A River, Revealed
One of Atlanta’s greatest natural resources is the Chattahoochee River and the woodlands and wetlands that surround it. Yet it’s easy to forget that the river even exists. Downstream from the affluent suburban neighborhoods that abut the Chattahoochee National Recreation Area, public access is virtually nonexistent. For many metro communities, even those that border the river’s banks, the Chattahoochee remains out of view and physically out of reach.
“For a lot of Atlantans, the only touchpoint they have with the river is when the water comes through their pipes,” says Richard Milligan, assistant professor of geosciences. “We can have a more intimate relationship with this huge body of water. The question is, how do you create a continuous public realm that genuinely benefits all of Atlanta?”
The Atlanta Regional Commission, with the Trust for Public Land, the City of Atlanta and Cobb County, commissioned a study in 2018 to reimagine a 100-mile stretch of the Chattahoochee, from Buford Dam to Chattahoochee Bend State Park. The two-year project was led by SCAPE, a landscape architecture firm based in New York, and Milligan was chosen to steer stakeholder engagement and equity work.
He worked with Georgia State alumnus Na’Taki Osborne Jelks, assistant professor of environmental health at Spelman College, to organize and conduct dozens of meetings for stakeholders and working groups, a series of public forums and “river rambles” that engaged the public through outings on the water. To address the racial disparities that historically have been entrenched by environmental governance in Atlanta, he and Jelks worked with Black environmental leaders and organizations like the West Atlanta Watershed Alliance, the South River Watershed Alliance and the Environmental Community Action.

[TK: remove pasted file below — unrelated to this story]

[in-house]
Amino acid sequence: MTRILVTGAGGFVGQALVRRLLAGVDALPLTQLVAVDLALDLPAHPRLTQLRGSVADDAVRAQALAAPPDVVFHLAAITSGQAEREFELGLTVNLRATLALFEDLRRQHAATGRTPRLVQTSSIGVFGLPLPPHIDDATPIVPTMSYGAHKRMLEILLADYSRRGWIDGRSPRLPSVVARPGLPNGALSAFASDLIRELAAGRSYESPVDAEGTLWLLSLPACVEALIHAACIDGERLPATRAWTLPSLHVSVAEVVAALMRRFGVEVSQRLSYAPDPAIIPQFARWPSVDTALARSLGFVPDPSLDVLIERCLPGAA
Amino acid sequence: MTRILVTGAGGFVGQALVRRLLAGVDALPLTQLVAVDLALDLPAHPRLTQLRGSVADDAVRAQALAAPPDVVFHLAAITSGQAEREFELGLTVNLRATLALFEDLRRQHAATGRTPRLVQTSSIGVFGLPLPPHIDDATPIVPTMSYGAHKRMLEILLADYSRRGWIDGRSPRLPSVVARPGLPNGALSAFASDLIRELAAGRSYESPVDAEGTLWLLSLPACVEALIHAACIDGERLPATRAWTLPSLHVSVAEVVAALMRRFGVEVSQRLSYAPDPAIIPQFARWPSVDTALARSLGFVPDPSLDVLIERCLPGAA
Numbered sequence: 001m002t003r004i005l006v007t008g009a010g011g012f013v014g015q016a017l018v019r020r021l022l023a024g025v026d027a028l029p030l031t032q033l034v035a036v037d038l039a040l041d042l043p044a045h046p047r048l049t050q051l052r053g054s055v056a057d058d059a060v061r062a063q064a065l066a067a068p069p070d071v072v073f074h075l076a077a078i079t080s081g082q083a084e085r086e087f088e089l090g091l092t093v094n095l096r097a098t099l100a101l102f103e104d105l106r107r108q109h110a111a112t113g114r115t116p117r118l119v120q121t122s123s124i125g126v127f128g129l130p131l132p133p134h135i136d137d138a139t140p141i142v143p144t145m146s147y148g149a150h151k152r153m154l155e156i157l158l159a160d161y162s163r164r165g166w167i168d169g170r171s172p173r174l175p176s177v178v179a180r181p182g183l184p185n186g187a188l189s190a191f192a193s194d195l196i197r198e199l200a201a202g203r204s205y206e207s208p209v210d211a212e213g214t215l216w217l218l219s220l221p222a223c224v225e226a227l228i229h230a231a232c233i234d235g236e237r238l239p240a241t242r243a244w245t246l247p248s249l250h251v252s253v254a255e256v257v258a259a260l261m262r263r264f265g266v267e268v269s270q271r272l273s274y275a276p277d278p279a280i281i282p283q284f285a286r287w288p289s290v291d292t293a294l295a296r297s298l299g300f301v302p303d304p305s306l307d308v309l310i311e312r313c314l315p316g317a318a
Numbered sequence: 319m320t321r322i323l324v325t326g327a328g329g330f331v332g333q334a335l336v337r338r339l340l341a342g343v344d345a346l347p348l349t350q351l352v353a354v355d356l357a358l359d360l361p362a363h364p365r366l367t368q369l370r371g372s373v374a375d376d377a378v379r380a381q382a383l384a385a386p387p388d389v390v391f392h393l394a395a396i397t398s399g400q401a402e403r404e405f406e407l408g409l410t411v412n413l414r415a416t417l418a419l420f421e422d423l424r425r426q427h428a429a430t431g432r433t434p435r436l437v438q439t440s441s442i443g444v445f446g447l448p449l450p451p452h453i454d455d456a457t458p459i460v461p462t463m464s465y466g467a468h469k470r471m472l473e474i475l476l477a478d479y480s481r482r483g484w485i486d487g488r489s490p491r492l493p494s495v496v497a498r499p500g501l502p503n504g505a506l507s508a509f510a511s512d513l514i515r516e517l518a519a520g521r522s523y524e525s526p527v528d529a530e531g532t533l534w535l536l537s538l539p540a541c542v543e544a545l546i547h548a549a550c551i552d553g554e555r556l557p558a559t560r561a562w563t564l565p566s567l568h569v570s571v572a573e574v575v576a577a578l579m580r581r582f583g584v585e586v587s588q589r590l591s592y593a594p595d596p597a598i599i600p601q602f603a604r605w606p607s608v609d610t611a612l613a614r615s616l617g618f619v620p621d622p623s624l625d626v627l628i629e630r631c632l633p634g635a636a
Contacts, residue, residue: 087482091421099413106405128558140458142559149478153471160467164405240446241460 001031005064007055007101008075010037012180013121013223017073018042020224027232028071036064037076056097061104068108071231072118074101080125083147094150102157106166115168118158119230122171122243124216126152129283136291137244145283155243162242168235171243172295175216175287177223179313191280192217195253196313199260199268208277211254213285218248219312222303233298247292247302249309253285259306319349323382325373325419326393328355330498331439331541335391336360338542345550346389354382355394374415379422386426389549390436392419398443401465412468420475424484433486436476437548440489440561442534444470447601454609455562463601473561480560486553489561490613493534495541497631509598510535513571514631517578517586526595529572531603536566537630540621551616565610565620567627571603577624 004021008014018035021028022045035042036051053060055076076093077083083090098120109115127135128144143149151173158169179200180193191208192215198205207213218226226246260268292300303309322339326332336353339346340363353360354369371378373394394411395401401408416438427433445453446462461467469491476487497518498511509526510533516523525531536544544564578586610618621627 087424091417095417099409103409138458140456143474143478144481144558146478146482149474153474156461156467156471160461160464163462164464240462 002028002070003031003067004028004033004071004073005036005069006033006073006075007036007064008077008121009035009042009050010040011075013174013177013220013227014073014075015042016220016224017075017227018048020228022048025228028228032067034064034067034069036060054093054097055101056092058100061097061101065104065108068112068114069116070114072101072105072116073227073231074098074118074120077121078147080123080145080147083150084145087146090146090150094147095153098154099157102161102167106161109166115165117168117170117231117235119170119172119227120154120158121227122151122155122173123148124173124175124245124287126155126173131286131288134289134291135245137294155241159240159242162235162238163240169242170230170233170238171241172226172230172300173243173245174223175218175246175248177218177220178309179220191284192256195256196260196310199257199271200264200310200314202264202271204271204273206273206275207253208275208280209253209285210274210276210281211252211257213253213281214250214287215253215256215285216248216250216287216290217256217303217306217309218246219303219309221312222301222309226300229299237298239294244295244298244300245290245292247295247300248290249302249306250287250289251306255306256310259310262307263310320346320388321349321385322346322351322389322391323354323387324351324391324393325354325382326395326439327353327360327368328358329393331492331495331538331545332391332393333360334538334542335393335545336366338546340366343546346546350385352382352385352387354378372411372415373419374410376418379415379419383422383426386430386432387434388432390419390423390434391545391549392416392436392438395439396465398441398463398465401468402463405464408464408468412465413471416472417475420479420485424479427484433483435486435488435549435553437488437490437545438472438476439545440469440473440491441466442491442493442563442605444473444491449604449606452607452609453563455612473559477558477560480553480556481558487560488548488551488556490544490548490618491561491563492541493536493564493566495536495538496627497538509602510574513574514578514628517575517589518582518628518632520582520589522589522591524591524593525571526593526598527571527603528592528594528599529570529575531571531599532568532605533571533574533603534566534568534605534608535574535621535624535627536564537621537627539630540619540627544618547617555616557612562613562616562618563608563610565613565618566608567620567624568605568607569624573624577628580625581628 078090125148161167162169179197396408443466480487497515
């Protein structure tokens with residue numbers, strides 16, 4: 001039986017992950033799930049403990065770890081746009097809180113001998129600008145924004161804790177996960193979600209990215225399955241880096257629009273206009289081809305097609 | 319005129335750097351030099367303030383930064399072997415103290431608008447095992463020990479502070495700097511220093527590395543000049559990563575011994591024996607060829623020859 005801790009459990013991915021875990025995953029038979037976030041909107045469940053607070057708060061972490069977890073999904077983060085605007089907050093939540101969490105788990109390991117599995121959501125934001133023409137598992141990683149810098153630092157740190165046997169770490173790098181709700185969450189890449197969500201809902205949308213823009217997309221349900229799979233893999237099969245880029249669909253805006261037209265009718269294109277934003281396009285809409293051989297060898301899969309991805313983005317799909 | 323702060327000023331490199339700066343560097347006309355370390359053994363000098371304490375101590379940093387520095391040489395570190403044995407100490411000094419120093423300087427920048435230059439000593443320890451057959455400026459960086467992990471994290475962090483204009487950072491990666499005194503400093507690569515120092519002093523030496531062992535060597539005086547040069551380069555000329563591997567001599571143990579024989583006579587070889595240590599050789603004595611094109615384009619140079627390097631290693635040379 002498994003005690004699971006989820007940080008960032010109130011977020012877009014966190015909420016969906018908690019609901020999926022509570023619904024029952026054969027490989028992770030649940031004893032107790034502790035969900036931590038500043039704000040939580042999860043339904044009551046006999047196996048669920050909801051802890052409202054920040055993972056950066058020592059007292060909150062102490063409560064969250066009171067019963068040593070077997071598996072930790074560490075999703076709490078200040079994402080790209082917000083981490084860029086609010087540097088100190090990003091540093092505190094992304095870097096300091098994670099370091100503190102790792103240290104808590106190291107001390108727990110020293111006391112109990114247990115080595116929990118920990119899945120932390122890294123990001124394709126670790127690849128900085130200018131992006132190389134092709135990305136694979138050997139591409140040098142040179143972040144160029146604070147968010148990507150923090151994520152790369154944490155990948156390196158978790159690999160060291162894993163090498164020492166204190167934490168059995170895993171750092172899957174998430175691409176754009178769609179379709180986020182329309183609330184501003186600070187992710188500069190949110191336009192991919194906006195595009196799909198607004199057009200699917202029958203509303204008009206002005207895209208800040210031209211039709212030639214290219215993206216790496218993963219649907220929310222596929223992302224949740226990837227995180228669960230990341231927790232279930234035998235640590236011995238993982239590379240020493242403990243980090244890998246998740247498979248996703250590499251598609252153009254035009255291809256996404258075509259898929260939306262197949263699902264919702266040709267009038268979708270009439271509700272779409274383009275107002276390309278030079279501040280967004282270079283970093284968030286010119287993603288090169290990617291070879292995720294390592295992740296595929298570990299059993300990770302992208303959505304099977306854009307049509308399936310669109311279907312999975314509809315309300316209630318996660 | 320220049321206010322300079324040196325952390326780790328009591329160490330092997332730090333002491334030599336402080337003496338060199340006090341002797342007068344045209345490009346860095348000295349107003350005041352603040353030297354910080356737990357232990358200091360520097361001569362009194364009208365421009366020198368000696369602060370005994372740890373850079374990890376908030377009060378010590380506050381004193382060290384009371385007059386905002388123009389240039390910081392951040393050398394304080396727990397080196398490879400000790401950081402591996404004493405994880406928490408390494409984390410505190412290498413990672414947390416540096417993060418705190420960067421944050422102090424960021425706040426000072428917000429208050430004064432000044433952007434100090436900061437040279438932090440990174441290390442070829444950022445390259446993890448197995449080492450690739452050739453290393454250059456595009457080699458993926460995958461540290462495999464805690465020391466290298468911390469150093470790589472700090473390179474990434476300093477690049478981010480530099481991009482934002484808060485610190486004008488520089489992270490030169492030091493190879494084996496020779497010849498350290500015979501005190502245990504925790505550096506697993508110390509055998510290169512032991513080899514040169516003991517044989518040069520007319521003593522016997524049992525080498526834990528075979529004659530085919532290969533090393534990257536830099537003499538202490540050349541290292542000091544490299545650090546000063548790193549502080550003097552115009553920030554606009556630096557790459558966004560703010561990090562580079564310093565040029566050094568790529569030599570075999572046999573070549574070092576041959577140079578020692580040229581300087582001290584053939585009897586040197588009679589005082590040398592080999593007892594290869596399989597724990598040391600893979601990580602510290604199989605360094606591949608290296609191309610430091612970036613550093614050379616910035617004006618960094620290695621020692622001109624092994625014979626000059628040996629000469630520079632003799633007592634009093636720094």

Milligan co-authored in 2019 a report analyzing the river’s existing conditions, including disparities, access, differences between urban and suburban spaces and the surrounding communities’ social vulnerability or ability to withstand adverse impacts.
“We wanted to think proactively about how new development and access points along the river would impact gentrification and affordability,” says Milligan. “You have to really lean in and consider the way that those kinds of amenities have been deployed to the benefit of some communities and the detriment of others.”
Milligan and the SCAPE team published last summer the Chattahoochee RiverLands Report, outlining a vision and strategies for revealing and reconnecting the river to the city via a network of parks, trails and greenways alongside its banks and “blueways” that allow access to the water itself.
“It takes existing amenities, such as those in the National Recreation Area, and links them into a larger framework that provides greater and more equitable access to the river throughout the metro area,” Milligan says.
The report contains details for several “demonstration projects,” such as new trailheads, pedestrian bridges, promenades and parks, that showcase how the network could be implemented and developed over time. The Trust for Public Land plans to collaborate with local governments and other partners to help execute RiverLands projects within the municipalities along the 100-mile corridor.
“The idea is that if local leaders are thinking of developing land by the river, why not take advantage of this huge regional investment and bring some of these projects to life?” Milligan says.
Portrait by Steve Thackston